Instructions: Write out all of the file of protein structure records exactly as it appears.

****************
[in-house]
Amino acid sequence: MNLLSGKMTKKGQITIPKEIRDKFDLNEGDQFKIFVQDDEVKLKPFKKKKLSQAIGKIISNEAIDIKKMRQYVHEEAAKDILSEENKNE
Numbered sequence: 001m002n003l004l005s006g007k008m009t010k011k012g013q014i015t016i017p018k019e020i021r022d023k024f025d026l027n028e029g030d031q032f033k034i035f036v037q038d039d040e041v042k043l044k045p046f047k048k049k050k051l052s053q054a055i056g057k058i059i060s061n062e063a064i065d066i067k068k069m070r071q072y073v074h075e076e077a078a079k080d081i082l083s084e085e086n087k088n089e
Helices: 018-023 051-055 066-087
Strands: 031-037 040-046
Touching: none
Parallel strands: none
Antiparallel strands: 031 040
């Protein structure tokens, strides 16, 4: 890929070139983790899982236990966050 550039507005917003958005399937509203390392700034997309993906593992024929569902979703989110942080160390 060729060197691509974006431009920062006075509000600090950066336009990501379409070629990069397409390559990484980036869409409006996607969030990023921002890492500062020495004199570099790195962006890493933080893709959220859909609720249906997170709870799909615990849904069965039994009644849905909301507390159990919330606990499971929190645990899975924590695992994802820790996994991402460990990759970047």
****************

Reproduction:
[in-house]
Amino acid sequence: MNLLSGKMTKKGQITIPKEIRDKFDLNEGDQFKIFVQDDEVKLKPFKKKKLSQAIGKIISNEAIDIKKMRQYVHEEAAKDILSEENKNE
Numbered sequence: 001m002n003l004l005s006g007k008m009t010k011k012g013q014i015t016i017p018k019e020i021r022d023k024f025d026l027n028e029g030d031q032f033k034i035f036v037q038d039d040e041v042k043l044k045p046f047k048k049k050k051l052s053q054a055i056g057k058i059i060s061n062e063a064i065d066i067k068k069m070r071q072y073v074h075e076e077a078a079k080d081i082l083s084e085e086n087k088n089e
Helices: 018-023 051-055 066-087
Strands: 031-037 040-046
Touching: none
Parallel strands: none
Antiparallel strands: 031 040
């Protein structure tokens, strides 16, 4: 890929070139983790899982236990966050 550039507005917003958005399937509203390392700034997309993906593992024929569902979703989110942080160390 060729060197691509974006431009920062006075509000600090950066336009990501379409070629990069397409390559990484980036869409409006996607969030990023921002890492500062020495004199570099790195962006890493933080893709959220859909609720249906997170709870799909615990849904069965039994009644849905909301507390159990919330606990499971929190645990899975924590695992994802820790996994991402460990990759970047």